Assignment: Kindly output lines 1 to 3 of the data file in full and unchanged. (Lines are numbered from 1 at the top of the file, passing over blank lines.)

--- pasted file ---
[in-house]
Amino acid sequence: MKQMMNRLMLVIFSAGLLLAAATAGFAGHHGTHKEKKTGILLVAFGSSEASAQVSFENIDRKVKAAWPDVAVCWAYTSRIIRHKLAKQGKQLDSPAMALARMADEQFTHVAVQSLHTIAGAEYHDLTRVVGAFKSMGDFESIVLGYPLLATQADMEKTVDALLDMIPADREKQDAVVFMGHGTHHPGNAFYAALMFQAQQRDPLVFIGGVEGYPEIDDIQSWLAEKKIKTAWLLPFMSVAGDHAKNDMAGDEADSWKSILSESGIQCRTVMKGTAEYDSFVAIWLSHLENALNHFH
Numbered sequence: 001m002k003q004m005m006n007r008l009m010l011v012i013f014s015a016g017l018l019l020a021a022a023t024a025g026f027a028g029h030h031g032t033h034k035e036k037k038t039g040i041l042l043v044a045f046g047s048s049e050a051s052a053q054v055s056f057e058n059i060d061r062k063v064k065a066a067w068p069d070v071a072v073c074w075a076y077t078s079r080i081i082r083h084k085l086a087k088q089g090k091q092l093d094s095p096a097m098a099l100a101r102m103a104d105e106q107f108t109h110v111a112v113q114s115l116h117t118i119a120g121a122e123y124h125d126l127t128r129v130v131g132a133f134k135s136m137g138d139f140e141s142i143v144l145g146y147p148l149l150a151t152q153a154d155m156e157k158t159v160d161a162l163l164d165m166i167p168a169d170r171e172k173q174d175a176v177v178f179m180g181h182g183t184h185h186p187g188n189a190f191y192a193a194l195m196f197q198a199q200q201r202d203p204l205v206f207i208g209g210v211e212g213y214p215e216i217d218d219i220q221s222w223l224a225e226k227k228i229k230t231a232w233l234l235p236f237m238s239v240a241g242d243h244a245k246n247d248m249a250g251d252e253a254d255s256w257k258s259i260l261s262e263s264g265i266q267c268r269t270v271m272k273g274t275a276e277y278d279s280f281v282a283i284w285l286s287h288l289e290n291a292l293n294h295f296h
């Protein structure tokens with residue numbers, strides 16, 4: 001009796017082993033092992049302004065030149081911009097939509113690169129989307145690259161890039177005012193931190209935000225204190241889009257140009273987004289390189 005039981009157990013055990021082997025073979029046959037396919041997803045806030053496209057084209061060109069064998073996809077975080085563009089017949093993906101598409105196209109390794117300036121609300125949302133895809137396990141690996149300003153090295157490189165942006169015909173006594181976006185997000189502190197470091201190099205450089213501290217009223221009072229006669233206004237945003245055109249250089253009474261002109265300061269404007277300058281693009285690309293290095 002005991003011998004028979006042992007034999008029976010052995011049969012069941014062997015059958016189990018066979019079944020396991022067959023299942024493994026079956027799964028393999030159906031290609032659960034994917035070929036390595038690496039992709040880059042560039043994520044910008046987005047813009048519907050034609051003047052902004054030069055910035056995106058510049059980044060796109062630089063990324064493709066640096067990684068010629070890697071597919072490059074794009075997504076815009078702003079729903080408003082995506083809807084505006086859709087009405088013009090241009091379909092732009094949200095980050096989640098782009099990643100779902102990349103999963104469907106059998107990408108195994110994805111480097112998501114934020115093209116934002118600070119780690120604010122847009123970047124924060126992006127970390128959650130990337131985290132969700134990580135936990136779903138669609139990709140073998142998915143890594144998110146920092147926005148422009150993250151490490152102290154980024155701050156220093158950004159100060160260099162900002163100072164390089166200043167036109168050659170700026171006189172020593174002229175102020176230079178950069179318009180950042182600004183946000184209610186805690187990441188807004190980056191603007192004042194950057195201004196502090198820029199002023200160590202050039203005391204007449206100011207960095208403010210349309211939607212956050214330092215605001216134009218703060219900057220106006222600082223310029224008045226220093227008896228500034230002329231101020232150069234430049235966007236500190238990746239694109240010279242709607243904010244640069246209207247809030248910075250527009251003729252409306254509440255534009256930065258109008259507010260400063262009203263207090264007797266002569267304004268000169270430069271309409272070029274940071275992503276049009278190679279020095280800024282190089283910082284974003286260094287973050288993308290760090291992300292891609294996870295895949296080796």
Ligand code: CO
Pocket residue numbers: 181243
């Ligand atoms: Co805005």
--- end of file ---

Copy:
[in-house]
Amino acid sequence: MKQMMNRLMLVIFSAGLLLAAATAGFAGHHGTHKEKKTGILLVAFGSSEASAQVSFENIDRKVKAAWPDVAVCWAYTSRIIRHKLAKQGKQLDSPAMALARMADEQFTHVAVQSLHTIAGAEYHDLTRVVGAFKSMGDFESIVLGYPLLATQADMEKTVDALLDMIPADREKQDAVVFMGHGTHHPGNAFYAALMFQAQQRDPLVFIGGVEGYPEIDDIQSWLAEKKIKTAWLLPFMSVAGDHAKNDMAGDEADSWKSILSESGIQCRTVMKGTAEYDSFVAIWLSHLENALNHFH
Numbered sequence: 001m002k003q004m005m006n007r008l009m010l011v012i013f014s015a016g017l018l019l020a021a022a023t024a025g026f027a028g029h030h031g032t033h034k035e036k037k038t039g040i041l042l043v044a045f046g047s048s049e050a051s052a053q054v055s056f057e058n059i060d061r062k063v064k065a066a067w068p069d070v071a072v073c074w075a076y077t078s079r080i081i082r083h084k085l086a087k088q089g090k091q092l093d094s095p096a097m098a099l100a101r102m103a104d105e106q107f108t109h110v111a112v113q114s115l116h117t118i119a120g121a122e123y124h125d126l127t128r129v130v131g132a133f134k135s136m137g138d139f140e141s142i143v144l145g146y147p148l149l150a151t152q153a154d155m156e157k158t159v160d161a162l163l164d165m166i167p168a169d170r171e172k173q174d175a176v177v178f179m180g181h182g183t184h185h186p187g188n189a190f191y192a193a194l195m196f197q198a199q200q201r202d203p204l205v206f207i208g209g210v211e212g213y214p215e216i217d218d219i220q221s222w223l224a225e226k227k228i229k230t231a232w233l234l235p236f237m238s239v240a241g242d243h244a245k246n247d248m249a250g251d252e253a254d255s256w257k258s259i260l261s262e263s264g265i266q267c268r269t270v271m272k273g274t275a276e277y278d279s280f281v282a283i284w285l286s287h288l289e290n291a292l293n294h295f296h